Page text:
Film Review: Arkansas (dir by Clark Duke)

Oh, Arkansas.

As far as states go, Arkansas usually doesn’t get much respect.  In a country where much of the culture is dominated by city-dwelling secular liberals, Arkansas is a state the remains stubbornly rural, religious, and conservative.  If your grandparents were a state, they’d probably look a lot like Arkansas.  Arkansas is viewed as being old-fashioned and when it does make the news, it’s usually not for anything that anyone in the state particularly wants to brag about.  Democrats will always view Arkansas as being the home of Mike Huckabee.  Republicans will never forgive the state for springing the Clintons on the rest of the nation.  (Interestingly enough, Mike Huckabee and Bill Clinton both grew up in the same tiny town.)  Little Rock has gangs and government corruption.  Hot Springs has gamblers looking to hide out from the mob.  Fouke has the Boggy Creek Monster while Ft. Smith is best-known for having once been home to the hanging judge, Isaac Parker.  You get the idea.  When it comes to the way that the rest of the country views the state, it often seems as if poor Arkansas just can’t catch a break.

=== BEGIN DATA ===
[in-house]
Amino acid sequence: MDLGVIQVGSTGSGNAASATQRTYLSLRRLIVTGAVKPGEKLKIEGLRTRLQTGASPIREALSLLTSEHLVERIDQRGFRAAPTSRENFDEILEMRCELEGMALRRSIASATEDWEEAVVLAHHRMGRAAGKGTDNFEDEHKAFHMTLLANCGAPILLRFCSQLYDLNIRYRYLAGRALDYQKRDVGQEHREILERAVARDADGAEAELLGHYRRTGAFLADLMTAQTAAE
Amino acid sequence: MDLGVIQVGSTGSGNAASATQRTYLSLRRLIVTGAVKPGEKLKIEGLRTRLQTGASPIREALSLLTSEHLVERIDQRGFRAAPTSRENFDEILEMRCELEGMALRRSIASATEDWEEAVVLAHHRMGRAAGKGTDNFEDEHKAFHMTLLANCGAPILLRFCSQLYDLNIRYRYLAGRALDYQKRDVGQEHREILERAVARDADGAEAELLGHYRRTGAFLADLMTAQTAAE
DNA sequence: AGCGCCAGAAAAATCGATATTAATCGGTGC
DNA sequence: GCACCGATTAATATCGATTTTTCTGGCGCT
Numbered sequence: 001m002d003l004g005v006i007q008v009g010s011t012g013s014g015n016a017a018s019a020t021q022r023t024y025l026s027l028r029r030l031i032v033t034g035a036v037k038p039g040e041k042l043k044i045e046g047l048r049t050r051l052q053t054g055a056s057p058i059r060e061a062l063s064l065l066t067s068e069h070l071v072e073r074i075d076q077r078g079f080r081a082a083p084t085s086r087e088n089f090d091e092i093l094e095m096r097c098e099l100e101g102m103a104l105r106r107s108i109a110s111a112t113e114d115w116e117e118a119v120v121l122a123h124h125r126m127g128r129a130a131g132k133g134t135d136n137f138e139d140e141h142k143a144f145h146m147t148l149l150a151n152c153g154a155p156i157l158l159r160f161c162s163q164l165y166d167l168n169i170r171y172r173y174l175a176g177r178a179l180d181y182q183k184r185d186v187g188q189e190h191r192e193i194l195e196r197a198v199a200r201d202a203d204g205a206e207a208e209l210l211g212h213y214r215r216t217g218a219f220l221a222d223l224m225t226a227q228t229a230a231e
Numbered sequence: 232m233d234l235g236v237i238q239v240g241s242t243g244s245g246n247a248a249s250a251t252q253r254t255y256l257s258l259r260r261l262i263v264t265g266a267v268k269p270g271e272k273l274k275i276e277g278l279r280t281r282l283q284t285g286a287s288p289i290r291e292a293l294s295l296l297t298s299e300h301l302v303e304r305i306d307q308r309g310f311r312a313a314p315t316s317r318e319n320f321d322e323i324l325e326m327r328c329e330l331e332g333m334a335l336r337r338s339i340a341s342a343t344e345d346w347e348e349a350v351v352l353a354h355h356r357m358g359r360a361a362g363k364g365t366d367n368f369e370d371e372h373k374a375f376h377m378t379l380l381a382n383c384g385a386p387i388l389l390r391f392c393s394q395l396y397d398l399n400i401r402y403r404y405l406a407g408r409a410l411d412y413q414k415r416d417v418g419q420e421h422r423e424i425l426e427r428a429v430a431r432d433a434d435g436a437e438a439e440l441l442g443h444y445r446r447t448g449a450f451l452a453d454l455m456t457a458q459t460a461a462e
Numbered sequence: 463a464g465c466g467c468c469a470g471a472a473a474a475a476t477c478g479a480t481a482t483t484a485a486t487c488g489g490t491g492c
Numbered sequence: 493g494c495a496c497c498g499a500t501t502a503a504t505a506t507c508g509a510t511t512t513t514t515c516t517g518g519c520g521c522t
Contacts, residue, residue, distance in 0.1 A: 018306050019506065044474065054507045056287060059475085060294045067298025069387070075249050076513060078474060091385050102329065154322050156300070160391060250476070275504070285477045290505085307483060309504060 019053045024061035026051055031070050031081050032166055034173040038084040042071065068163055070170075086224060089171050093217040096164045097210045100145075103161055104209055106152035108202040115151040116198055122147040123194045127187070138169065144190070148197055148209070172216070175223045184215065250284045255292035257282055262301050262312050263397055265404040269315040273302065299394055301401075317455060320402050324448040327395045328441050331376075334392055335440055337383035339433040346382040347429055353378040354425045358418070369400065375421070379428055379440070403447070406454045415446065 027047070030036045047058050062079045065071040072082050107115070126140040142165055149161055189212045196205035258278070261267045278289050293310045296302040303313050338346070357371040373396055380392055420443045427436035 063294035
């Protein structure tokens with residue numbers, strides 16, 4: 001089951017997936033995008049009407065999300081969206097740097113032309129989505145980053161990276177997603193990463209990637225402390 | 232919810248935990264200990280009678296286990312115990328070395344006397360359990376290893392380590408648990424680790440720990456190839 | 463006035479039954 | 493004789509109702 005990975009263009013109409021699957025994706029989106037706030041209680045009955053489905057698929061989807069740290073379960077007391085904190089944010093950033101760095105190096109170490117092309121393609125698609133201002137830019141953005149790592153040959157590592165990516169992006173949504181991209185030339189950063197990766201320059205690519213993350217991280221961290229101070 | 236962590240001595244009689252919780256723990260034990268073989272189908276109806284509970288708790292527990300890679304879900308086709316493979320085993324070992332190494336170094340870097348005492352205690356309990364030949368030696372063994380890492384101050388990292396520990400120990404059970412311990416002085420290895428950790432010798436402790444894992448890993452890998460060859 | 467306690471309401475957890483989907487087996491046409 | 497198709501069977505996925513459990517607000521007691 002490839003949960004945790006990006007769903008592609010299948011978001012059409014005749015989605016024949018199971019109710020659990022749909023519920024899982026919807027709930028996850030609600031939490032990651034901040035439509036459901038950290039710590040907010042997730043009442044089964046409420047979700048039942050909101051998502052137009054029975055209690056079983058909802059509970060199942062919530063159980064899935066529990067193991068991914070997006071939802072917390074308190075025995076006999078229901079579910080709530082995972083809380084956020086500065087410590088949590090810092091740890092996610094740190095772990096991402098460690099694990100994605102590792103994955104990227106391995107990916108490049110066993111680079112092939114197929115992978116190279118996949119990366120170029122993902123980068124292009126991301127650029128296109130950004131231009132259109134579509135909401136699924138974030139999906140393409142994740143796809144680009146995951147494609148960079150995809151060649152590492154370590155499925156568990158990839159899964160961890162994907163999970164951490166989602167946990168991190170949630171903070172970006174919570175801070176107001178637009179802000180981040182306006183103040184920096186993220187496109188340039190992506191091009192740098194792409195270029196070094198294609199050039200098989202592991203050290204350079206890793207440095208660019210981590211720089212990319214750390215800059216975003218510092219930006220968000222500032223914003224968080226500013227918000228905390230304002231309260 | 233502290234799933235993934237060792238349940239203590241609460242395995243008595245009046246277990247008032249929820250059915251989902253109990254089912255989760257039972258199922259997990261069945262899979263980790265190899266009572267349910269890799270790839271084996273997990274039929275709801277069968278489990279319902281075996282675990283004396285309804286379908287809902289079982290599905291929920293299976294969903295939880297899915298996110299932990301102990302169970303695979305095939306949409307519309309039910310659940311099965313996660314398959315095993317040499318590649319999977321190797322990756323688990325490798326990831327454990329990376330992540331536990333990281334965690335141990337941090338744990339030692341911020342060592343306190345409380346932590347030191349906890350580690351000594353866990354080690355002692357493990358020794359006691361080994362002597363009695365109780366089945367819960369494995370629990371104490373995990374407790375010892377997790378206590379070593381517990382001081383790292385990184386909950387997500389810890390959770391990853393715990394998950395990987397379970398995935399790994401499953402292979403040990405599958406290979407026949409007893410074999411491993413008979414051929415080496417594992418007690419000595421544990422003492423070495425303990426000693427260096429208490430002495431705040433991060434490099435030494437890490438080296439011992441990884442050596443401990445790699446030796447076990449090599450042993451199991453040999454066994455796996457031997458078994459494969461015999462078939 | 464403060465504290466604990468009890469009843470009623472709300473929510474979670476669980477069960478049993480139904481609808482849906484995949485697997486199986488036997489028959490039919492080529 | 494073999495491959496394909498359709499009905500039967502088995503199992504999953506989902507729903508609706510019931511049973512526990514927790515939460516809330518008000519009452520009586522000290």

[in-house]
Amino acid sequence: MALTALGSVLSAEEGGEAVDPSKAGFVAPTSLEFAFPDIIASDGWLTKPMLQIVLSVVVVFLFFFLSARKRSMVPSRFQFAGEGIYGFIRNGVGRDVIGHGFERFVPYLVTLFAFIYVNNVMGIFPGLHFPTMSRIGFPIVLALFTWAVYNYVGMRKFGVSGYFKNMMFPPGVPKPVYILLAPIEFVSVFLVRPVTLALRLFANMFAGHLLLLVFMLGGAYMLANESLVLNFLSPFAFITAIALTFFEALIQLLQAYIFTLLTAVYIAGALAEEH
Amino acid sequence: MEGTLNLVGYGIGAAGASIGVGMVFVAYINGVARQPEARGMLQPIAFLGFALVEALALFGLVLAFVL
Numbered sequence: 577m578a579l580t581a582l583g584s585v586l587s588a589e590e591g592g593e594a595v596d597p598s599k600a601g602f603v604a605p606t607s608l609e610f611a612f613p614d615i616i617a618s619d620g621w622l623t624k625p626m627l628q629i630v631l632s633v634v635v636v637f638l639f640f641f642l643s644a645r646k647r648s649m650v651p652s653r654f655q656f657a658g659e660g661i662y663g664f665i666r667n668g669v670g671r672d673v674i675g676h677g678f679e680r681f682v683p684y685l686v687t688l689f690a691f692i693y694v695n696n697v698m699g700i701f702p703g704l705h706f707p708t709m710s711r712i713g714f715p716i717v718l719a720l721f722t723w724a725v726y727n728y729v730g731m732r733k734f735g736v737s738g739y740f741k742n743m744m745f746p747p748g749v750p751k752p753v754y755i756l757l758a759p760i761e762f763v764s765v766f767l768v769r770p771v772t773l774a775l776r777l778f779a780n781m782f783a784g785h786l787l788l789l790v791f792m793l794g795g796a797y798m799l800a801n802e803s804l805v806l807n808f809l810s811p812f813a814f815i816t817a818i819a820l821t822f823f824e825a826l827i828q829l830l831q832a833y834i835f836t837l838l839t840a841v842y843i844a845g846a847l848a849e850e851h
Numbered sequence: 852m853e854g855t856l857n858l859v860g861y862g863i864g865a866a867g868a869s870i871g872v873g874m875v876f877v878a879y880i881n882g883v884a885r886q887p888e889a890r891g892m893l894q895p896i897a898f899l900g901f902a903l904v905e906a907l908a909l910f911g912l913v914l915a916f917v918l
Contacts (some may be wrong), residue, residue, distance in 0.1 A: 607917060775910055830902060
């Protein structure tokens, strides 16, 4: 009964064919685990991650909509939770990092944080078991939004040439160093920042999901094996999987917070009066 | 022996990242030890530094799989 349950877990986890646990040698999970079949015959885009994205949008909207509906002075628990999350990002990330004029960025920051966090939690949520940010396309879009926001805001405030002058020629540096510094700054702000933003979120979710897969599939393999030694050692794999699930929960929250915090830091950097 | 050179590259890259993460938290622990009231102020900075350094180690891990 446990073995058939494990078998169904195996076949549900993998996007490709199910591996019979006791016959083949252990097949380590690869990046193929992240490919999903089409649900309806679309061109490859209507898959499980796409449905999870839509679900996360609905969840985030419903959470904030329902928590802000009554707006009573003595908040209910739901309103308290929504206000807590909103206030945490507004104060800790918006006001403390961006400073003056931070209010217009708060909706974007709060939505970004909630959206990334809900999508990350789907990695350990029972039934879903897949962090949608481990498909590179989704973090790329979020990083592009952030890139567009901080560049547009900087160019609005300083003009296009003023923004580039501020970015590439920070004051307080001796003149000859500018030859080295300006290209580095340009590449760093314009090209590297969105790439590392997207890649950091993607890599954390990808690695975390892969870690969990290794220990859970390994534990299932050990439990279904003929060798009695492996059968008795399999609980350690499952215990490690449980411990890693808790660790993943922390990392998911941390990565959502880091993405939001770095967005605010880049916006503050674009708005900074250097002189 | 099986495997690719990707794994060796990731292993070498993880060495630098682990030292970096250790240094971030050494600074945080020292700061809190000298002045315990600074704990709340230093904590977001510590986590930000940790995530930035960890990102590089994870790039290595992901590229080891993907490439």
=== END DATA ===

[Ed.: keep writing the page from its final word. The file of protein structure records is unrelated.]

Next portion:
With all that in mind, I have to say that I really love Arkansas.  My paternal grandparents lived in Arkansas and I’ve still got relatives all over the state.  Arkansas was one of the many states where my family lived while I was growing up.  (The others were — deep breath — Texas, Oklahoma, New Mexico, Colorado, and Louisiana.)  We would stay in Arkansas for months at a time, depending on how well my mom and dad were getting along at the time.  It’s an unpretentious state, one that’s full of friendly, no-nonsense people and beautiful countryside.  I have a lot of good memories of Arkansas.  It’s always in the back of my mind that, wherever I’m living, I can always just go back to Arkansas and spend the rest of my life living in a small town with my cousins.  Of course, I’d probably end up miserable over the lack of movie theaters.  Whenever I’m living in the city, I find myself yearning for the simplicity and decency of the country.  Whenever I’m in the country, I find myself missing the excitement of the city.